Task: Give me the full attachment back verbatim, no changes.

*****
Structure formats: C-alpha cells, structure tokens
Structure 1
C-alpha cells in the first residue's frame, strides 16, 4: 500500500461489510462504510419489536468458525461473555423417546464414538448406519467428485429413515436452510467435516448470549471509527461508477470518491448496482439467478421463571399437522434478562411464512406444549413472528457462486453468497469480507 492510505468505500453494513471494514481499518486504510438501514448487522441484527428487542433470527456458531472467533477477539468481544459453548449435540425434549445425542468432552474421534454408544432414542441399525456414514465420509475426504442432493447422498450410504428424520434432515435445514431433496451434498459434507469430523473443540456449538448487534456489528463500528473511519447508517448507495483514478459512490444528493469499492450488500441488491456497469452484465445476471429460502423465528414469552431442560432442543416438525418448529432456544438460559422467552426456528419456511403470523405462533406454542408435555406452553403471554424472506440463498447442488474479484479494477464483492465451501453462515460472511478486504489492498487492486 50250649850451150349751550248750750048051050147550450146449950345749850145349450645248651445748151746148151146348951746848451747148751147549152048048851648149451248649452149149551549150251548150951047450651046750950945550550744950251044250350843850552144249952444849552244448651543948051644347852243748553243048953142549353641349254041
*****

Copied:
Structure formats: C-alpha cells, structure tokens
Structure 1
C-alpha cells in the first residue's frame, strides 16, 4: 500500500461489510462504510419489536468458525461473555423417546464414538448406519467428485429413515436452510467435516448470549471509527461508477470518491448496482439467478421463571399437522434478562411464512406444549413472528457462486453468497469480507 492510505468505500453494513471494514481499518486504510438501514448487522441484527428487542433470527456458531472467533477477539468481544459453548449435540425434549445425542468432552474421534454408544432414542441399525456414514465420509475426504442432493447422498450410504428424520434432515435445514431433496451434498459434507469430523473443540456449538448487534456489528463500528473511519447508517448507495483514478459512490444528493469499492450488500441488491456497469452484465445476471429460502423465528414469552431442560432442543416438525418448529432456544438460559422467552426456528419456511403470523405462533406454542408435555406452553403471554424472506440463498447442488474479484479494477464483492465451501453462515460472511478486504489492498487492486 50250649850451150349751550248750750048051050147550450146449950345749850145349450645248651445748151746148151146348951746848451747148751147549152048048851648149451248649452149149551549150251548150951047450651046750950945550550744950251044250350843850552144249952444849552244448651543948051644347852243748553243048953142549353641349254041